I recommend The Unteachables. My favorite character is Kiana. When she's late to sign up for her new school she goes to a random class, after finding a schedule on the ground. Kiana attends this unique class without telling her parents. Kiana’s teacher is Mr. Kermit. The students in his class are named the Unteachables, because they are hated by all teachers. The Unteachables like Mr. Kermit and try to improve his reputation. But sometimes their funny plans backfire. I like the Unteachables because they have strange behavior like roasting marshmallows on pencils over a fire in the trash can! — Thea, age 11

I liked most of Superman. The parts I liked were really good, like when he saved Smallville from people who wanted to kill everyone in it. The only parts I didn’t like were the parts that had swear words in them so I don’t recommend this book to others who do not like explicit language. This has an interesting plot and overall I really liked it even though I am more of a Marvel fan. I would give this book 4 out of 5 stars. — Bruno, age 10



Odd Gods - I think that this book resembles that people are perfect the way they are and it doesn’t matter how people look, act or be. it’s just them being them! I also think that Adonis isn’t a bad person, but I do think he could be a little kinder. Oddonis is a very passionate, kind friend. I like how mathena is always trying to make people feel good. I like how puneous always stands up for people and I like how Germes is always trying to comfort    People. Gaseous is always trying to stay together with his friends as much as possible. Some things I thought could be better are they could have described a little more about the other characters and they could have told a little more about what had happened in the past. I liked this book so much that I read it in two days. Whenever I had extra time, I would grab the book and get comfy and start reading. I really like this book and I hope that whoever reads it enjoys it! — Oliver, age 10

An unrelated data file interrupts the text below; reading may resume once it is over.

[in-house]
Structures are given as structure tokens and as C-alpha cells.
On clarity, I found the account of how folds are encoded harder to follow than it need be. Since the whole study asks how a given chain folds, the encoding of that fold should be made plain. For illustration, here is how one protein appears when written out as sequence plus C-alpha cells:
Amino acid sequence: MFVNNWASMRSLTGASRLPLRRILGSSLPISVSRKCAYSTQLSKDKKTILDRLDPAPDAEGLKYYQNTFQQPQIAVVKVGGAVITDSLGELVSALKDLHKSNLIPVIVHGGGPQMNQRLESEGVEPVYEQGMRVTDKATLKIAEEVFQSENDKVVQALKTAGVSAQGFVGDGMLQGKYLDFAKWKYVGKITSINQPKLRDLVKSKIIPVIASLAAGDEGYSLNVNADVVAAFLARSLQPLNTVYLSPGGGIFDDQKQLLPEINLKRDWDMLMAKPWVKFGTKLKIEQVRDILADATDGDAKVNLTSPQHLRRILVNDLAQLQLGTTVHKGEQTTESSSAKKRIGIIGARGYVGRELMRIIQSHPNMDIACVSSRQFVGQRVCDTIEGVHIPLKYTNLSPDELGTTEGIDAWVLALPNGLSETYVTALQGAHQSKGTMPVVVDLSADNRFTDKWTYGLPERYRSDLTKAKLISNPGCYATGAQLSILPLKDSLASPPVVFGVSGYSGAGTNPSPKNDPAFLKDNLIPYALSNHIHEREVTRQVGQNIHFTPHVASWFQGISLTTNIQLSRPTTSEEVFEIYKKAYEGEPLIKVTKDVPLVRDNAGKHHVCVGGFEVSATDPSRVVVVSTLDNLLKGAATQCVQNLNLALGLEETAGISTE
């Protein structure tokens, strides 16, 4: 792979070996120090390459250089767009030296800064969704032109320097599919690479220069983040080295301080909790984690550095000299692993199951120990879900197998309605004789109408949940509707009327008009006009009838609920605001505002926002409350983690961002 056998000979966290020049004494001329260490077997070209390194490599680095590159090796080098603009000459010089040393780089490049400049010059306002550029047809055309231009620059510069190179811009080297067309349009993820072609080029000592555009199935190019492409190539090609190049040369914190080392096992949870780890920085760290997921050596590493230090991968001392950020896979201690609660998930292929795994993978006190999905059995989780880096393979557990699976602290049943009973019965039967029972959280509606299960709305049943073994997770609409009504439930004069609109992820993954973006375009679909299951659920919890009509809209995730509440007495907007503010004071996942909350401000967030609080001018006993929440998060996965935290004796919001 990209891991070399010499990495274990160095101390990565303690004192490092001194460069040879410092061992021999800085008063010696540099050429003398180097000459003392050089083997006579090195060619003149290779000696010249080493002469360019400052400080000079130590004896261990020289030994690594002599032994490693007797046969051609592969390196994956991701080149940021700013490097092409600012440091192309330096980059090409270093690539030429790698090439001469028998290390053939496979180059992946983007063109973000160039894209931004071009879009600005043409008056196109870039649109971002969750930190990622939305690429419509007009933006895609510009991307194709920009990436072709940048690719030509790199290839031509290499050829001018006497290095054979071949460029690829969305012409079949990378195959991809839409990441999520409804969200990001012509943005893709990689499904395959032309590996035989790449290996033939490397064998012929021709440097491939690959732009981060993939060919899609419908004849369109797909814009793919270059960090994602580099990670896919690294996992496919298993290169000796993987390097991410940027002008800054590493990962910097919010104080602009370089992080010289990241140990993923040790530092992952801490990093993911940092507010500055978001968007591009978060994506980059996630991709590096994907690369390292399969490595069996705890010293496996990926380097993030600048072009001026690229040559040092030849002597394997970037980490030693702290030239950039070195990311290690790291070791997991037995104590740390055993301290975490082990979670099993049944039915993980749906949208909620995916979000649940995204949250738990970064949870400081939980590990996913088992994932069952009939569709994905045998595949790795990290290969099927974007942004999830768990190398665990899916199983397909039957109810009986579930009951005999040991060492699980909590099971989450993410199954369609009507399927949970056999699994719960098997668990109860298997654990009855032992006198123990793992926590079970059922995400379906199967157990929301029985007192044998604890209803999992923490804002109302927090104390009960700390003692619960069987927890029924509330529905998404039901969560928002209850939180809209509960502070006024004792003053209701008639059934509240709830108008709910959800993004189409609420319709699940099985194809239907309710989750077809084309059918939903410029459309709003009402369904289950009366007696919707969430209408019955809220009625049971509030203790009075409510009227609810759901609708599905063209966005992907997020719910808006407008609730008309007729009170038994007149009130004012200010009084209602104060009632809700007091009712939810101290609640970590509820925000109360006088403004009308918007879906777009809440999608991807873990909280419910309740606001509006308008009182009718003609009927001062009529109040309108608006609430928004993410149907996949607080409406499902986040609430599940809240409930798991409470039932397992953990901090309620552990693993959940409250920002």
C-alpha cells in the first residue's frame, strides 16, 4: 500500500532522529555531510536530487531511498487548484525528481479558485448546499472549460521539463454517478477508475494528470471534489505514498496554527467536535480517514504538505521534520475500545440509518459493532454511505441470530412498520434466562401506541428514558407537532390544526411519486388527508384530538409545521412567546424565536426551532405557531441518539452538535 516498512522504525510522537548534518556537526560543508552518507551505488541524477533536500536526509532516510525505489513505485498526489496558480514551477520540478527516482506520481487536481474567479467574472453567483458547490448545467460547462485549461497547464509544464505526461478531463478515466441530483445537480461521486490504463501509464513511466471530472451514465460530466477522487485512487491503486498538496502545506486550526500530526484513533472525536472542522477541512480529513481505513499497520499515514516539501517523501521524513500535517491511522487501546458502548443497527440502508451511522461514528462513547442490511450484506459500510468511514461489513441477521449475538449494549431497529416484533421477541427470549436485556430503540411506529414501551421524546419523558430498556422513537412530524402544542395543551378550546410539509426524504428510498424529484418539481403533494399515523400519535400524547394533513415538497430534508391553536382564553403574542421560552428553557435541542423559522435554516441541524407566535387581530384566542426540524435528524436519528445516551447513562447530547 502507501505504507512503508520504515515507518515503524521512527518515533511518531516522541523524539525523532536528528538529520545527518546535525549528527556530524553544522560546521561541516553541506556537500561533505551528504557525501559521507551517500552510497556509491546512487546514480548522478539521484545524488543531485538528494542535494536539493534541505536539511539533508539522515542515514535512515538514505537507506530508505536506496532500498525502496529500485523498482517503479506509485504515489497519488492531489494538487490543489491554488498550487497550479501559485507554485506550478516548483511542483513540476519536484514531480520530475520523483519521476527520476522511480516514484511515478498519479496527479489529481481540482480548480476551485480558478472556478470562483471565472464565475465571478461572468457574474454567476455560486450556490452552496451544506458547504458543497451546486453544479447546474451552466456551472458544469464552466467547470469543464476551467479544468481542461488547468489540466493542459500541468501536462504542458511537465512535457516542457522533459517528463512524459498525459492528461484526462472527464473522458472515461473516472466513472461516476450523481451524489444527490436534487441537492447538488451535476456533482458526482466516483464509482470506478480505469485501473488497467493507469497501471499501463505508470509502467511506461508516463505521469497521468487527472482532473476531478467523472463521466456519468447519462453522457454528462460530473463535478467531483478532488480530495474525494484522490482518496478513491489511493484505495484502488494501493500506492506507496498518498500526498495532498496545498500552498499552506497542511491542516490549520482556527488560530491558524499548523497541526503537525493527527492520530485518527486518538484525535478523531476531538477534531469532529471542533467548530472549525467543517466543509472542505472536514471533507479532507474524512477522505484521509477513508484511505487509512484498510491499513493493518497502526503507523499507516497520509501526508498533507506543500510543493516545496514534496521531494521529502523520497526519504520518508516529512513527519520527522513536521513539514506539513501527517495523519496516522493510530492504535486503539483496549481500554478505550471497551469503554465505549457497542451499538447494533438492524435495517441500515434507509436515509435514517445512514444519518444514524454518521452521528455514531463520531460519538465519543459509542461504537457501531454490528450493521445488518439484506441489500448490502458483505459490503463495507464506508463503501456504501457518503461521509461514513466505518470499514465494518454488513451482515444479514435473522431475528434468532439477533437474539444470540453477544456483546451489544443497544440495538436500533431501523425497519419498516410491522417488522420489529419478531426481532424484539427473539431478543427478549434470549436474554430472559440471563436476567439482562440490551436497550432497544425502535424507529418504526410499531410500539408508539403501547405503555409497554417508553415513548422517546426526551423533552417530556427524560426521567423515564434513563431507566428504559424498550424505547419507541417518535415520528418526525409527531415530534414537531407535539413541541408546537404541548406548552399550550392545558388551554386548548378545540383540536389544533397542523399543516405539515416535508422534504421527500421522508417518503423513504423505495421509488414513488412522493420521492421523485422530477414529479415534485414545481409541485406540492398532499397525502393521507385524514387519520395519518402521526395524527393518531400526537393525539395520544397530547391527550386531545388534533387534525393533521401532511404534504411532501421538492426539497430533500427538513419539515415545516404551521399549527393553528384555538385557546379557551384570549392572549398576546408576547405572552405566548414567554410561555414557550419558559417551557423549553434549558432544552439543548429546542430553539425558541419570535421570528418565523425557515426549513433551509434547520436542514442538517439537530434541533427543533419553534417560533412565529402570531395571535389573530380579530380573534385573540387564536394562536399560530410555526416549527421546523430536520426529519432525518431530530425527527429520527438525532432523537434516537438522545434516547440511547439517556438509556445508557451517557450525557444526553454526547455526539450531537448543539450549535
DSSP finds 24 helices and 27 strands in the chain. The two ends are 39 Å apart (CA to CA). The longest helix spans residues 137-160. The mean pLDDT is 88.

The Unteachables is a very good, hilarious book. I like how each chapter has a different kid’s perspective. The story is about how a teacher, Mr. Kermit, helps the kids become better students. And, through their adventures, the students help Mr. Kermit become a better teacher. There are lots of funny things that happen with squeaky toys and flying cars.When this book comes out I highly recommend it, if you like funny books.               — Alex, Age 8


Lenny’s Book of Everything is a very good book. The plot can get a little sad but the twists and turns make it enjoyable. I particularly liked how the main character, a girl named Lenny, narrates the story. She gives her perspective on how her and her brother Davey fight his illness. I recommend it highly. — Tommy, age 12



The Truth and Lies of Ella Black was a very enjoyable read. It shows Ella battling with her alter ego that she calls Bella. When Ella’s family decides on day to whisk her away to Rio de Janeiro, Ella finds it harder to hide Bella from her parents. When her parents don’t answer any of her questions of why they are in Rio, Ella starts to think of worst case scenarios. Then, one day, she finds out why she is there, and her life changes drastically. I found that this book was very difficult to put down, and I often stayed up a lot later than I should have because I just had to know what happened next.                   — Gillian, age 13